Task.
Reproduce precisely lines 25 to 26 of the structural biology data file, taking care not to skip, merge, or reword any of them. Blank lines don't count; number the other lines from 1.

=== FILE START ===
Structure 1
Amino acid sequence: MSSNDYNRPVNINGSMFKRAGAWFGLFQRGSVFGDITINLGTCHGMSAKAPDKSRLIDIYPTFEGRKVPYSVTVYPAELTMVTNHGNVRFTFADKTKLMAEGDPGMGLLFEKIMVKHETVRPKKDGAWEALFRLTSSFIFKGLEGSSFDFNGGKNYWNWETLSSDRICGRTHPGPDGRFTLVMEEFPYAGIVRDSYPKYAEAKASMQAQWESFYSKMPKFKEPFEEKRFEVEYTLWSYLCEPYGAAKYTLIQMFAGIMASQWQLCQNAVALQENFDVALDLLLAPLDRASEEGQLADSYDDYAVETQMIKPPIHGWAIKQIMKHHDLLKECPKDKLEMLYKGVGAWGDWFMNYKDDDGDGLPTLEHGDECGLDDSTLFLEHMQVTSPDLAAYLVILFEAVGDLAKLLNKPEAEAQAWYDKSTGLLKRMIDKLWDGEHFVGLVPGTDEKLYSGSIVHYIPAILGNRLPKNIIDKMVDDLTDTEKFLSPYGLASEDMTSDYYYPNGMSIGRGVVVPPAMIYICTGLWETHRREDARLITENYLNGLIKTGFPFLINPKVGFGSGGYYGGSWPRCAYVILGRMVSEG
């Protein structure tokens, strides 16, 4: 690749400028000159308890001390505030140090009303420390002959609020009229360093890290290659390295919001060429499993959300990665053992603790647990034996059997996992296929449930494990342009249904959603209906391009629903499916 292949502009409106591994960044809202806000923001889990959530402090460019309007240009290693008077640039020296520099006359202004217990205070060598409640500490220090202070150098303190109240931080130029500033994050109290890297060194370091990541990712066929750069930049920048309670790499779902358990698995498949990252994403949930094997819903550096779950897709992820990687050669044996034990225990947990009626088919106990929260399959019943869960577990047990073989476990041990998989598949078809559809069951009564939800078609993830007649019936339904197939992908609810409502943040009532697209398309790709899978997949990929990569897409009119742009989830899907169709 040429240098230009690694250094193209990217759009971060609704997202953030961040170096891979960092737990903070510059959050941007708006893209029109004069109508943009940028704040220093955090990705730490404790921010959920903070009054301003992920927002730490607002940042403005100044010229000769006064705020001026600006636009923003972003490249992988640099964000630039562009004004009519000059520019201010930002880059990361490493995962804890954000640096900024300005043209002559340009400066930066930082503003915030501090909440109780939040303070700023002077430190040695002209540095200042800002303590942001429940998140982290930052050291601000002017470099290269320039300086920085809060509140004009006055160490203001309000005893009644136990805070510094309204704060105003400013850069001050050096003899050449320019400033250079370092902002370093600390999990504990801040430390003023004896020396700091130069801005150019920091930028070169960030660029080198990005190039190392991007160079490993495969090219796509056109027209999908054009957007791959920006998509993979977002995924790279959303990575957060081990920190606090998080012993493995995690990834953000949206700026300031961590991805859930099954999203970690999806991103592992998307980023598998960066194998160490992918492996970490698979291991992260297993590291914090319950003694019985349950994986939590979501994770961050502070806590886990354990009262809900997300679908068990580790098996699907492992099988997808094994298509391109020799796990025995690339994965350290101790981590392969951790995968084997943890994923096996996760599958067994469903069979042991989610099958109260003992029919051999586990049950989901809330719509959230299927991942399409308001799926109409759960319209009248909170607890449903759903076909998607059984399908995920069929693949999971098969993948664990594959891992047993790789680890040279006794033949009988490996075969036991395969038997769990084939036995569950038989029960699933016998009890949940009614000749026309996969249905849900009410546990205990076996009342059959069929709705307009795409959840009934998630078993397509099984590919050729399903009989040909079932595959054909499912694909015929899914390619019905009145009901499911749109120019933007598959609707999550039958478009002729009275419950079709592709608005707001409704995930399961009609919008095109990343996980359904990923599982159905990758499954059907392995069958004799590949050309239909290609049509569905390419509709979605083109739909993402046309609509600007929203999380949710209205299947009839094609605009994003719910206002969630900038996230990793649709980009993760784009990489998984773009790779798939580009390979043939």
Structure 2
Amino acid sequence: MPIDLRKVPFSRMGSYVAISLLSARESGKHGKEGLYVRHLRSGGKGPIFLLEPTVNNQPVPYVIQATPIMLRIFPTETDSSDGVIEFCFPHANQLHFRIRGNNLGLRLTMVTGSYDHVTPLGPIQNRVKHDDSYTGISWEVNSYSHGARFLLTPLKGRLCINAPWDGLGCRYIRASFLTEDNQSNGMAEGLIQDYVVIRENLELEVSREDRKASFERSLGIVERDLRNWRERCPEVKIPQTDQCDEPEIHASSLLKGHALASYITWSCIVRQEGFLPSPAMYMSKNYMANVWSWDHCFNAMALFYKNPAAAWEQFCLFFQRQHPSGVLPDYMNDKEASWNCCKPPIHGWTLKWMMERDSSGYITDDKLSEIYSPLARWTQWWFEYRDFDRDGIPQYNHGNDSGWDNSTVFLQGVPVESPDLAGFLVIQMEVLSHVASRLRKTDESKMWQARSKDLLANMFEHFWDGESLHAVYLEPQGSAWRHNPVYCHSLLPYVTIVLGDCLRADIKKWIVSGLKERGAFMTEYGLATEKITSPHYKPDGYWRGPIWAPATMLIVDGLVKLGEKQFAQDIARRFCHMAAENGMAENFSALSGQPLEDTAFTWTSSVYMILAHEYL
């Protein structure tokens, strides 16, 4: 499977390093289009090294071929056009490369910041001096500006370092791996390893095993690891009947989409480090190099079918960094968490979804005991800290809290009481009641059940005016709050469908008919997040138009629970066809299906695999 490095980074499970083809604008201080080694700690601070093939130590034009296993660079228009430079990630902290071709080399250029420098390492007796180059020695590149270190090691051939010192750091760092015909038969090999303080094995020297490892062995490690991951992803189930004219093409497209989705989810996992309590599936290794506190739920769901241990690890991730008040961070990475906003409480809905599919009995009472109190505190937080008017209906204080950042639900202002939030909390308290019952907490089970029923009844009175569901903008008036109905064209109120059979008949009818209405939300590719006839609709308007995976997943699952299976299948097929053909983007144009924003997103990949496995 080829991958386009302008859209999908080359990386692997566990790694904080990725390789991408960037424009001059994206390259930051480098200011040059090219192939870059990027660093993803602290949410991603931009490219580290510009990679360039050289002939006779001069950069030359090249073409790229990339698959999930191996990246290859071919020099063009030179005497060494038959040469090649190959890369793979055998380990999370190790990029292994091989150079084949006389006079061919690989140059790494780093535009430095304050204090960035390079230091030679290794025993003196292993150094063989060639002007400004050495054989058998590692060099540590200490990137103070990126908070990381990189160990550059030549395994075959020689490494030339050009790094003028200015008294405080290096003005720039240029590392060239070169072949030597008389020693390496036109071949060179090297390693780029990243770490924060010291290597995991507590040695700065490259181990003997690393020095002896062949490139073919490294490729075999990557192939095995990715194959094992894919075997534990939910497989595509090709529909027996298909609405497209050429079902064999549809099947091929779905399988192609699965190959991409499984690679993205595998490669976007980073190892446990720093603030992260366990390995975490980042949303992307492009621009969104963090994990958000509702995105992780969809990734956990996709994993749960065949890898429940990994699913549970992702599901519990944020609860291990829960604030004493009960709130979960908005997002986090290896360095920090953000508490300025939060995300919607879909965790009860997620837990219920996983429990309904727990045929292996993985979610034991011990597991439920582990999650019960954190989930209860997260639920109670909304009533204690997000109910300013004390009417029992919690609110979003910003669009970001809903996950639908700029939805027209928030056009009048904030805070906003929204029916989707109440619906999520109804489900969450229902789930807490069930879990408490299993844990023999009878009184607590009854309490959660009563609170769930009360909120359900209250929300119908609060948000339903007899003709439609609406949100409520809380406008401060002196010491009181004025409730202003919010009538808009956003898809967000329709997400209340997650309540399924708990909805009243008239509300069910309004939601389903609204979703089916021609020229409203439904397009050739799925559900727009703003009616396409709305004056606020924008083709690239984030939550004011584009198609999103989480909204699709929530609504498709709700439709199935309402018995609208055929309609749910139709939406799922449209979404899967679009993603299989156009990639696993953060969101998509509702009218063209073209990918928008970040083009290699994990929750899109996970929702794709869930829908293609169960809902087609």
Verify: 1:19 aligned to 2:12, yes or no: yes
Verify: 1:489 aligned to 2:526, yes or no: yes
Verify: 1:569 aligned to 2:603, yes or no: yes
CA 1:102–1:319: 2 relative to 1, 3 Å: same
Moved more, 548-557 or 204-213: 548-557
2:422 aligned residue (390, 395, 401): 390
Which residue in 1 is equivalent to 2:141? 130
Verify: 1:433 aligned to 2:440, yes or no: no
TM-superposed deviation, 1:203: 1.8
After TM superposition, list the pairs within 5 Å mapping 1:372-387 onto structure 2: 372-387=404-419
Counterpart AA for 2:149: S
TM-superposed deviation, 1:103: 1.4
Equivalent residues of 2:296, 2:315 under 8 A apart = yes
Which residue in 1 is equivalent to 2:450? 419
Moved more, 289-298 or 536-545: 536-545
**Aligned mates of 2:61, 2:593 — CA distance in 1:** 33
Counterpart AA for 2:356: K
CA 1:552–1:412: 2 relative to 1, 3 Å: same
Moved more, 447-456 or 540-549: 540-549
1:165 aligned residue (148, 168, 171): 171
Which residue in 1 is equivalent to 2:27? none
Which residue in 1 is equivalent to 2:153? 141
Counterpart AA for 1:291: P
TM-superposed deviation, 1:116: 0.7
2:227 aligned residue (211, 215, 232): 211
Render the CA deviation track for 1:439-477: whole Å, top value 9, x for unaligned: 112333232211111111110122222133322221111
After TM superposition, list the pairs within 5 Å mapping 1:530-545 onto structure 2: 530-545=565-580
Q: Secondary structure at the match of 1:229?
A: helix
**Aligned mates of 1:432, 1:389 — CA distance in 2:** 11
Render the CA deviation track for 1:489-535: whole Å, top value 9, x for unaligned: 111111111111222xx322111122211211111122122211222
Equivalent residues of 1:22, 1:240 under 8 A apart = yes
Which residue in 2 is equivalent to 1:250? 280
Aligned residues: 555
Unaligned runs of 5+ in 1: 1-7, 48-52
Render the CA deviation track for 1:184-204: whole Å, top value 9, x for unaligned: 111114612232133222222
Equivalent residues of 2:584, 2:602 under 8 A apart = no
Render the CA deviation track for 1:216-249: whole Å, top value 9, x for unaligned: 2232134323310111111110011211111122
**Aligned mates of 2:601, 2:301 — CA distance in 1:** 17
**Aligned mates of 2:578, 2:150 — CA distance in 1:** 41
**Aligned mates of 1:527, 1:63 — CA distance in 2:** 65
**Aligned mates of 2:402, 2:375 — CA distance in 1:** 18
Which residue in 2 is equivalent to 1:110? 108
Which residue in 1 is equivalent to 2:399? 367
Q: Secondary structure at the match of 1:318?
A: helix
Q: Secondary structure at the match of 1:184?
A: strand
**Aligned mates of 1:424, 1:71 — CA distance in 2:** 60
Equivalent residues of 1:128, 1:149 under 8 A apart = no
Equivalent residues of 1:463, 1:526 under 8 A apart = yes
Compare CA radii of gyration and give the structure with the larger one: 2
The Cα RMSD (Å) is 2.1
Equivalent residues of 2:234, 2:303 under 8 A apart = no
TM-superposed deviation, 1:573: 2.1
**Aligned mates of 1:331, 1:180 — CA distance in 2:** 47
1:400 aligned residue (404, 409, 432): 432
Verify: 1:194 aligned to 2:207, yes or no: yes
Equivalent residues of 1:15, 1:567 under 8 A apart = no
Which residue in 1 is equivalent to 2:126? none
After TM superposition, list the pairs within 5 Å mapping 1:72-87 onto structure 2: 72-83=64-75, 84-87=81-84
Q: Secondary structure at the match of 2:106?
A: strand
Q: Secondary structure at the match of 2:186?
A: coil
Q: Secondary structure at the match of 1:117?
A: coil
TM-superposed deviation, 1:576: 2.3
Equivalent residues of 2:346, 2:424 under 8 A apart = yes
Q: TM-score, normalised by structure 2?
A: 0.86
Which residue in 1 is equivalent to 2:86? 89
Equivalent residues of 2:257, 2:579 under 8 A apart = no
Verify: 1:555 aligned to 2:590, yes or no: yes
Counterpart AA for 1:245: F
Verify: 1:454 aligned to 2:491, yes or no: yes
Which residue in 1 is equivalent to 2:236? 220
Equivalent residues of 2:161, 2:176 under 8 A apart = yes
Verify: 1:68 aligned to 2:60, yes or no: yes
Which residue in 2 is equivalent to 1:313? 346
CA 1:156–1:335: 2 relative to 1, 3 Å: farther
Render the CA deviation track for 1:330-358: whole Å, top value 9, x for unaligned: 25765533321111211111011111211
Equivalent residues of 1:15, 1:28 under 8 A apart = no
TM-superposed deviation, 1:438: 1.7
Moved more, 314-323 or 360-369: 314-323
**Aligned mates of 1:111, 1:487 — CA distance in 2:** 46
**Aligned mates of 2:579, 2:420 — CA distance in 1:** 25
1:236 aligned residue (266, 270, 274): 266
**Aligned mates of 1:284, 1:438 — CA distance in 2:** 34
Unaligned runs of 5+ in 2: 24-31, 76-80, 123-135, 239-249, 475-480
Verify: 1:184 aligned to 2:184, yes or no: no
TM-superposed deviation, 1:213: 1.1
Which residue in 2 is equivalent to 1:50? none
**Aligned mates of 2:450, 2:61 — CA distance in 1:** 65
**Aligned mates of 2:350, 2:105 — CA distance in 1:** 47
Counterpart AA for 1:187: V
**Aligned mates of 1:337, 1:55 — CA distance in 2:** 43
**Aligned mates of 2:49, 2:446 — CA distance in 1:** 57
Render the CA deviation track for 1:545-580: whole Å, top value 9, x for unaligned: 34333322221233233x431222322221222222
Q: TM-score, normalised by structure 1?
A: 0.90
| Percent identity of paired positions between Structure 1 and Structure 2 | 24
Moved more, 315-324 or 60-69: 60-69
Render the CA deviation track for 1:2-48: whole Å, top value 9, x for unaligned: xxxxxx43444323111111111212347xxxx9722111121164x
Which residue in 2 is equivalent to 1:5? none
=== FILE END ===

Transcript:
Moved more, 447-456 or 540-549: 540-549
1:165 aligned residue (148, 168, 171): 171